|Algorithm(s) to convert textual regular expressions to a transition ta email@example.com (Costello, Roger L.) (2015-01-20)|
|Re: Algorithm(s) to convert textual regular expressions to a transitio firstname.lastname@example.org (ioan) (2015-01-21)|
|Re: Algorithm(s) to convert textual regular expressions to a transitio email@example.com (2015-01-21)|
|Re: Algorithm(s) to convert textual regular expressions to a transitio firstname.lastname@example.org (Kaz Kylheku) (2015-01-22)|
|From:||"Costello, Roger L." <email@example.com>|
|Date:||Tue, 20 Jan 2015 16:08:06 +0000|
|Keywords:||lex, question, comment|
|Posted-Date:||20 Jan 2015 13:27:56 EST|
I have read the section in Modern Compiler Design that discusses lexical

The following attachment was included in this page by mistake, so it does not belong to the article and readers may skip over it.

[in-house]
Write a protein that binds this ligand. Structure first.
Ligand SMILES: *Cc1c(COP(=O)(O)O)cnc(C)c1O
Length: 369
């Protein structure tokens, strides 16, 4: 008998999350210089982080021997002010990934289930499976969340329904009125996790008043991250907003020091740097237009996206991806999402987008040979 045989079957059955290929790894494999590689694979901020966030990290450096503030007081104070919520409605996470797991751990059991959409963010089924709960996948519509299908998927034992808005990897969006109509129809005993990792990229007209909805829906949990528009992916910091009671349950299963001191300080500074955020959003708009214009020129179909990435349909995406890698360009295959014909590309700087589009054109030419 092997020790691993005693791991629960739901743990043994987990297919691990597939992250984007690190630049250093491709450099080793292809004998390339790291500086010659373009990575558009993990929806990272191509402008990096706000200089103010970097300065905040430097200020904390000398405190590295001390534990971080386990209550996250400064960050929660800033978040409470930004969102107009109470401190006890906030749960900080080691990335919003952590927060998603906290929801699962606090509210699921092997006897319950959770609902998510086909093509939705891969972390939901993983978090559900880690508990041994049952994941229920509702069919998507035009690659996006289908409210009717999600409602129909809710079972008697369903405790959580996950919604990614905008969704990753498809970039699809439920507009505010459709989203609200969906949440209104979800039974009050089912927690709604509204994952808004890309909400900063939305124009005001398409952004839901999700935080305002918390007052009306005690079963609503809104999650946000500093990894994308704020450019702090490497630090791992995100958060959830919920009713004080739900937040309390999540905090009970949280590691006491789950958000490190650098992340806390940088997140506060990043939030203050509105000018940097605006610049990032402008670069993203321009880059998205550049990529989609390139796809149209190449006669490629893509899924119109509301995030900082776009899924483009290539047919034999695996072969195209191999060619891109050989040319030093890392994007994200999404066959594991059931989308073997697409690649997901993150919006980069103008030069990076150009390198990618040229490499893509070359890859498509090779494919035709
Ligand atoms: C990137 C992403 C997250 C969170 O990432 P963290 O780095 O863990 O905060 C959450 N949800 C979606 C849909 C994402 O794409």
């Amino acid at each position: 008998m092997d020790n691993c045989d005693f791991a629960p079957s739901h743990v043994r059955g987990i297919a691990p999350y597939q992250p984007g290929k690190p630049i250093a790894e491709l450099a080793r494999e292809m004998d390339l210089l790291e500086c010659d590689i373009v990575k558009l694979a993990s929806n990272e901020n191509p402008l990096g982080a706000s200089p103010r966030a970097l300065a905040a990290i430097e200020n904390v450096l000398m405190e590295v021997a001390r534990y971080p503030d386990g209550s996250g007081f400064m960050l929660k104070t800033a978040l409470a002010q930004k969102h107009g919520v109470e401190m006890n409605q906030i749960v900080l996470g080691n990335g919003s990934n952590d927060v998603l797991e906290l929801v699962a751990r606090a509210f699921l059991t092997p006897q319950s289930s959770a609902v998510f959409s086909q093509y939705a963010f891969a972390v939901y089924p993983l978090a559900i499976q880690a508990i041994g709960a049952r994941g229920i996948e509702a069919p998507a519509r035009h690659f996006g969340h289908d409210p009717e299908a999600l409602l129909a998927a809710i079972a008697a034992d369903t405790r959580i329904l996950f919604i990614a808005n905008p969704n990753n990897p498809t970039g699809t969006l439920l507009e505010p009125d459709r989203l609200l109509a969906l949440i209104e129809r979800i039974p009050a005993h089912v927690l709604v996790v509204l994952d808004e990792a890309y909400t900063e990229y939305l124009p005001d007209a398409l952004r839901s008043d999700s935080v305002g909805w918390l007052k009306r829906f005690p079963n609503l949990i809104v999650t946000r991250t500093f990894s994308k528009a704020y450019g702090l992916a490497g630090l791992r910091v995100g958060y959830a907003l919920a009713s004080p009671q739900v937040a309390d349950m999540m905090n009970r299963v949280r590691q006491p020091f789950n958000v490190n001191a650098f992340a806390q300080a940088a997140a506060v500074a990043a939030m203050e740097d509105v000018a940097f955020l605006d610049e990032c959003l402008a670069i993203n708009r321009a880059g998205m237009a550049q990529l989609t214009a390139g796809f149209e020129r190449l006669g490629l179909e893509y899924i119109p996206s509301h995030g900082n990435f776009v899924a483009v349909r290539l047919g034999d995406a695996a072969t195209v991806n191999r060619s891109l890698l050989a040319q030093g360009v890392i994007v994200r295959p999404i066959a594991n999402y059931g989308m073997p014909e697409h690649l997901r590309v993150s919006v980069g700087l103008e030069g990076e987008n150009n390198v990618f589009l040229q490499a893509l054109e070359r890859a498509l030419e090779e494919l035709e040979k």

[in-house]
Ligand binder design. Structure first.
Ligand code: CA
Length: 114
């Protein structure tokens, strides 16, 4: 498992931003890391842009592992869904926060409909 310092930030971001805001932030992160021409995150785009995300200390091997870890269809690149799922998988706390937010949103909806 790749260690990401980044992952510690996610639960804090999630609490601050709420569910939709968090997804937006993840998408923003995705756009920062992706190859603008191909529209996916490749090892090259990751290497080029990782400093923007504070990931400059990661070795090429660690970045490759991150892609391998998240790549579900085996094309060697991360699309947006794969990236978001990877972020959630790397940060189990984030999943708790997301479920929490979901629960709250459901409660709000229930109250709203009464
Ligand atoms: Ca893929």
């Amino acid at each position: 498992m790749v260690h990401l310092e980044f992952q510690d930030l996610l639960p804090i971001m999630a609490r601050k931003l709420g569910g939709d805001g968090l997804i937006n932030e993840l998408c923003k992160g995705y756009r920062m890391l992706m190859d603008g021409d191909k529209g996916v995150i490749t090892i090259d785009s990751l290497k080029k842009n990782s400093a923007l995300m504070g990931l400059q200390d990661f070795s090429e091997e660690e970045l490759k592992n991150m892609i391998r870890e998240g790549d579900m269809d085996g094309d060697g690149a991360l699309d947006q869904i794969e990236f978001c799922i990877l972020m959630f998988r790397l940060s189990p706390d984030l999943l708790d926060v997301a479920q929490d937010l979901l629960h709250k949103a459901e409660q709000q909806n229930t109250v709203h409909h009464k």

analysis. I understand the subset algorithm it describes (neat algorithm!).
With pencil and paper I can take a set of regular expressions and follow the
subset algorithm to generate a transition table. But writing actual code to do
this conversion will require more algorithms, I think. Is there an algorithm
that describes how to read in a set of strings that represent regular
expressions and create data structures that are well-suited to processing by
the subset algorithm? More broadly, what are the set of algorithms needed to
go from a set of strings that represent regular expressions to the precomputed
transition table? Can you refer me to a book or article that does a good job
in describing this?
[Unless I misunderstand your question, this is exactly what lexer generators
like lex and flex do. You give it a set of regular expressions, it generates
tables that their state machine uses to match the RE's. -John]
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